When you are awarded spousal support, you might have noted that it comes with certain restrictions and sometimes time limits. For example, rehabilitative spousal support might end when you have achieved the goals as stated, such as graduation from college or getting a job with a certain salary. Another provision connected to spousal support is remarriage. You are certain to lose spousal support when you remarry, regardless of your new spouse's financial situation. Read on to find out how the courts view a relatively new concept in relationships, cohabitation.
Just Living Together
While living together without the benefit of marriage is nothing new, the court system has stayed mostly-mum on any laws connected to it. The children of a relationship are protected using child support no matter what the marital status of the relationship between the parents might be, and a parting couple may be able to use "palimony" to get support for a cohabitation-type relationship, but what happens to spousal support agreements?
Not Just Roommates
The reason to cohabit instead of wed are many, but some divorced parties are not very eager to get themselves embroiled in another legal twinning. If this sounds like you, then you are far from alone. Cohabitation has become very popular with rising ranks of twice-shy or never-wed people refusing to take the vows.
If you can say in all honesty that you and your live-in are in a non-romantic roommate situation, then it should not affect your spousal support. Getting someone to pay rent for that extra bedroom may be a must to help you make ends meet and might only affect spousal support agreements that have income restrictions.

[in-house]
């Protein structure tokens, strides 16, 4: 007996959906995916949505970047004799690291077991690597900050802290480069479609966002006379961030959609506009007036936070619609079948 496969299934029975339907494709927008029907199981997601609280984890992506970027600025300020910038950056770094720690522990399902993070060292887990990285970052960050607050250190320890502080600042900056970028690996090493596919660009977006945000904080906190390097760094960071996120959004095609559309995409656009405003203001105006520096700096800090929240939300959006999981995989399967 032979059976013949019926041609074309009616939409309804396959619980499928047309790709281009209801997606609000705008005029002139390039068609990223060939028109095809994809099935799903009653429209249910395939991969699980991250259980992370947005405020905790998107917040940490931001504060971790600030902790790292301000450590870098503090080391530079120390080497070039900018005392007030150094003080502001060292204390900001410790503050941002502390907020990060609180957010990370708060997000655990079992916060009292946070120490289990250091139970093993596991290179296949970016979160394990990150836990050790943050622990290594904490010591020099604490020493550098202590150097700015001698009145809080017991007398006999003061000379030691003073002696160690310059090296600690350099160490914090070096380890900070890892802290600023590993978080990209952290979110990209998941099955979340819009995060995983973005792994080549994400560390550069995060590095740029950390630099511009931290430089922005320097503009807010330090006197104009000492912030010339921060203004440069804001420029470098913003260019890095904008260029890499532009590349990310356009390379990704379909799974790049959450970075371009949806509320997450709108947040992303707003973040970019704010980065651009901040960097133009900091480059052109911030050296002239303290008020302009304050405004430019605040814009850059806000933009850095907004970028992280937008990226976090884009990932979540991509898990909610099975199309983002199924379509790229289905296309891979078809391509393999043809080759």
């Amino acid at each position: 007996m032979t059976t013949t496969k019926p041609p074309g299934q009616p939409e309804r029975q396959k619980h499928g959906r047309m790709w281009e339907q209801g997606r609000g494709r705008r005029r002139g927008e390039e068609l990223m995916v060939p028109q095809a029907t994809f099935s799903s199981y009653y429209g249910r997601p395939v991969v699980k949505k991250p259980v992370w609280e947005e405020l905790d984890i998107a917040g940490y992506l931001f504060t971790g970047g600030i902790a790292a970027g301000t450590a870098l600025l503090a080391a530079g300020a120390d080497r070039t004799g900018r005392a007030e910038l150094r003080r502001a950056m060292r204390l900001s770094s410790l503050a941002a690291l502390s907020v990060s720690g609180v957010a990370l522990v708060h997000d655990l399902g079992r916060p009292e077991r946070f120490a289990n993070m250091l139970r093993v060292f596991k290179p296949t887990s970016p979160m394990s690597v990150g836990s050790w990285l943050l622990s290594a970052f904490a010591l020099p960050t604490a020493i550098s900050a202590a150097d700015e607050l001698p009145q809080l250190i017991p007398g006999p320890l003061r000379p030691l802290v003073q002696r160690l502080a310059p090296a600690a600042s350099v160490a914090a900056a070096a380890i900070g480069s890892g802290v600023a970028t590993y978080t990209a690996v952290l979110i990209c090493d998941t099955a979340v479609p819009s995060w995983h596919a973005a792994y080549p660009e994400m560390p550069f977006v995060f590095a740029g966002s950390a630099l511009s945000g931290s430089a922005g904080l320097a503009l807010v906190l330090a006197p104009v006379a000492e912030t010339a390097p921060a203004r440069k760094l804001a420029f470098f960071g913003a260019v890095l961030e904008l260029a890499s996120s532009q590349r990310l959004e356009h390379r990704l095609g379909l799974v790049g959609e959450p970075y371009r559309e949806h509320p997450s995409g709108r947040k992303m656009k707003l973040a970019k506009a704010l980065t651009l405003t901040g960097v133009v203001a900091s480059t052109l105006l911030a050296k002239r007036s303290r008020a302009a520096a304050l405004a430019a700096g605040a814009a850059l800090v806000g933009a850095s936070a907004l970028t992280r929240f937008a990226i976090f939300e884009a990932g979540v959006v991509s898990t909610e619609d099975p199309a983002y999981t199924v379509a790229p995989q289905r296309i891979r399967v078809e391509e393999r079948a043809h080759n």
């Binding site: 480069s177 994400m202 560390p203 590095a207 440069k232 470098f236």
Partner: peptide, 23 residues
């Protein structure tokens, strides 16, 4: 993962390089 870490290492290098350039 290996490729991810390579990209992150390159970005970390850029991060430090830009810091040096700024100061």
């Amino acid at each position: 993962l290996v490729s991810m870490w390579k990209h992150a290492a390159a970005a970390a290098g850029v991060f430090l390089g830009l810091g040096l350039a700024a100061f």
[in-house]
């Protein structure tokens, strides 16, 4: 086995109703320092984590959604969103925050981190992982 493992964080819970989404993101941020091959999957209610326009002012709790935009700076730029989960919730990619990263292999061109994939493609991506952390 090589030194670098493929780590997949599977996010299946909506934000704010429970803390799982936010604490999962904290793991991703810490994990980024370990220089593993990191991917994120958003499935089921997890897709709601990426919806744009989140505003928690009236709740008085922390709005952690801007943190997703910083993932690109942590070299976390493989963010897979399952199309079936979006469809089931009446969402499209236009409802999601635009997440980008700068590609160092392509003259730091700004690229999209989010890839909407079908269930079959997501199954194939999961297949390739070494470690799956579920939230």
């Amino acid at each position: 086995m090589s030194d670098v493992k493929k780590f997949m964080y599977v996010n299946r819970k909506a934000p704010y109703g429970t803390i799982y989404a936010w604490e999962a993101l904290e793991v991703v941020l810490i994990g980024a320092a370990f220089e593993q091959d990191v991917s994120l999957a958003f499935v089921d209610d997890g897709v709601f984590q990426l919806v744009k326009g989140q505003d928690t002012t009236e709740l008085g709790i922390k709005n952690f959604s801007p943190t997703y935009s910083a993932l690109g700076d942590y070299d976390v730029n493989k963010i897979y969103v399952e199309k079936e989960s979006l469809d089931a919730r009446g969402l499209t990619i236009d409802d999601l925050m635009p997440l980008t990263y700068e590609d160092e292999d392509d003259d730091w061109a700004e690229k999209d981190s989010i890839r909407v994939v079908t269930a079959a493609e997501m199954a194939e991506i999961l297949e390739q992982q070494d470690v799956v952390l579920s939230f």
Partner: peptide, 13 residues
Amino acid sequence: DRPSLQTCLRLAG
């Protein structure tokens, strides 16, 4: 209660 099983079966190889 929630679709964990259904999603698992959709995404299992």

When Support is Still Needed
The purpose of spousal support is not to punish the other party; no-fault divorce has seen to that, but it is instead to lend a degree of fairness to the needing spouse's financial situation. To say that a spouse that is cohabiting no longer needs the money is jumping to conclusions. The partner may not even be employed or they not make enough to enrich the receiving spouse.
Since spousal support is a financial need issue it would need to be shown that the spouse is receiving enough of a financial gain from the live-in relationship to prompt a suspension or end to the support payments. If your spousal support is being challenged by your ex, speak to a family law attorney at once to protect your rights.Share
17 May 2018
The laws governing child custody and guardianship can be confusing. As a family attorney, I have helped many clients gain legal guardianship over a foster child or a relative's child. Getting legal guardianship of a child you are caring for is important because you need to be able to make decisions about that child's education, health care and other matters. This blog will help you navigate the world of legal guardianship and show you how to take steps to get guardianship over a child whether the child's parents are cooperative or not. Legal guardianship does matter even if a child is not going to be adopted. I hope to help people find the way to get this done.